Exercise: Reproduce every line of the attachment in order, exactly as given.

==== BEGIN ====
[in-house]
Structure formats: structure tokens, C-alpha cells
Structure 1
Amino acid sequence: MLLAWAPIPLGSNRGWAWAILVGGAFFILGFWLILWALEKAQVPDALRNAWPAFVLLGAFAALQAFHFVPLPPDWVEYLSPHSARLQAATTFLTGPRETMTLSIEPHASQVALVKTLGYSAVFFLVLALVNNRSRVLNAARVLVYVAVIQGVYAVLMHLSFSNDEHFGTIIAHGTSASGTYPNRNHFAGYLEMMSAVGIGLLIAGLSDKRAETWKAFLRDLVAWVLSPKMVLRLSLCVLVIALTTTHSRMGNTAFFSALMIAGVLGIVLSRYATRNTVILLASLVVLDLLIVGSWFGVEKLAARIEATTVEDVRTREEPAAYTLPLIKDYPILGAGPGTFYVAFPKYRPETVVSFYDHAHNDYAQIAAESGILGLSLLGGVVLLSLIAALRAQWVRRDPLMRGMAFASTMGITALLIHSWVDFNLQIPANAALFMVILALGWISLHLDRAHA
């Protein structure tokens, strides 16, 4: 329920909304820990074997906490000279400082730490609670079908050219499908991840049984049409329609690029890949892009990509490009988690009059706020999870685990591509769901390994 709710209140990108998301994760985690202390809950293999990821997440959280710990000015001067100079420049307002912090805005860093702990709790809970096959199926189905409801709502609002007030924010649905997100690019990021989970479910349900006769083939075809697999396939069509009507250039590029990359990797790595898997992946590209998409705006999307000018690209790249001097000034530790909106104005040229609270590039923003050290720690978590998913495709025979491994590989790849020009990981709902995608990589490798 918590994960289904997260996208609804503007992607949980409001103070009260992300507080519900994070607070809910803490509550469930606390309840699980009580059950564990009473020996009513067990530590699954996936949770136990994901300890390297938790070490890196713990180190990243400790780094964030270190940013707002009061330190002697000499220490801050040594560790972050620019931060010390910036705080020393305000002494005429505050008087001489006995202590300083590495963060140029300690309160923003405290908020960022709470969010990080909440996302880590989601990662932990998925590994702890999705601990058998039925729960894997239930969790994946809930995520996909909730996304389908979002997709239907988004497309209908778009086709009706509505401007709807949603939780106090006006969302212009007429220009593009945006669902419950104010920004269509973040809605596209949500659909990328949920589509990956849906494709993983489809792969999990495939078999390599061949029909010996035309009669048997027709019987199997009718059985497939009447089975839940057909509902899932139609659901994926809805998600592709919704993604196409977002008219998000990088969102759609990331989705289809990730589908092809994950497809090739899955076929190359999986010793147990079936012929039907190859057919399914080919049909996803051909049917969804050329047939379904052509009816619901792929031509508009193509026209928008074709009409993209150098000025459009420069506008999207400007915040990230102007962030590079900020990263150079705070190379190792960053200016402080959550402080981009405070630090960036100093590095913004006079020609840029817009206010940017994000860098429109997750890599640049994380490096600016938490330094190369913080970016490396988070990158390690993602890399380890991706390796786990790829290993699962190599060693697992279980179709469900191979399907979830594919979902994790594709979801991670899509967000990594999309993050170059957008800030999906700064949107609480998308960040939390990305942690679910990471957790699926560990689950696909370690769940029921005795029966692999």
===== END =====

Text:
[in-house]
Structure formats: structure tokens, C-alpha cells
Structure 1
Amino acid sequence: MLLAWAPIPLGSNRGWAWAILVGGAFFILGFWLILWALEKAQVPDALRNAWPAFVLLGAFAALQAFHFVPLPPDWVEYLSPHSARLQAATTFLTGPRETMTLSIEPHASQVALVKTLGYSAVFFLVLALVNNRSRVLNAARVLVYVAVIQGVYAVLMHLSFSNDEHFGTIIAHGTSASGTYPNRNHFAGYLEMMSAVGIGLLIAGLSDKRAETWKAFLRDLVAWVLSPKMVLRLSLCVLVIALTTTHSRMGNTAFFSALMIAGVLGIVLSRYATRNTVILLASLVVLDLLIVGSWFGVEKLAARIEATTVEDVRTREEPAAYTLPLIKDYPILGAGPGTFYVAFPKYRPETVVSFYDHAHNDYAQIAAESGILGLSLLGGVVLLSLIAALRAQWVRRDPLMRGMAFASTMGITALLIHSWVDFNLQIPANAALFMVILALGWISLHLDRAHA
């Protein structure tokens, strides 16, 4: 329920909304820990074997906490000279400082730490609670079908050219499908991840049984049409329609690029890949892009990509490009988690009059706020999870685990591509769901390994 709710209140990108998301994760985690202390809950293999990821997440959280710990000015001067100079420049307002912090805005860093702990709790809970096959199926189905409801709502609002007030924010649905997100690019990021989970479910349900006769083939075809697999396939069509009507250039590029990359990797790595898997992946590209998409705006999307000018690209790249001097000034530790909106104005040229609270590039923003050290720690978590998913495709025979491994590989790849020009990981709902995608990589490798 918590994960289904997260996208609804503007992607949980409001103070009260992300507080519900994070607070809910803490509550469930606390309840699980009580059950564990009473020996009513067990530590699954996936949770136990994901300890390297938790070490890196713990180190990243400790780094964030270190940013707002009061330190002697000499220490801050040594560790972050620019931060010390910036705080020393305000002494005429505050008087001489006995202590300083590495963060140029300690309160923003405290908020960022709470969010990080909440996302880590989601990662932990998925590994702890999705601990058998039925729960894997239930969790994946809930995520996909909730996304389908979002997709239907988004497309209908778009086709009706509505401007709807949603939780106090006006969302212009007429220009593009945006669902419950104010920004269509973040809605596209949500659909990328949920589509990956849906494709993983489809792969999990495939078999390599061949029909010996035309009669048997027709019987199997009718059985497939009447089975839940057909509902899932139609659901994926809805998600592709919704993604196409977002008219998000990088969102759609990331989705289809990730589908092809994950497809090739899955076929190359999986010793147990079936012929039907190859057919399914080919049909996803051909049917969804050329047939379904052509009816619901792929031509508009193509026209928008074709009409993209150098000025459009420069506008999207400007915040990230102007962030590079900020990263150079705070190379190792960053200016402080959550402080981009405070630090960036100093590095913004006079020609840029817009206010940017994000860098429109997750890599640049994380490096600016938490330094190369913080970016490396988070990158390690993602890399380890991706390796786990790829290993699962190599060693697992279980179709469900191979399907979830594919979902994790594709979801991670899509967000990594999309993050170059957008800030999906700064949107609480998308960040939390990305942690679910990471957790699926560990689950696909370690769940029921005795029966692999």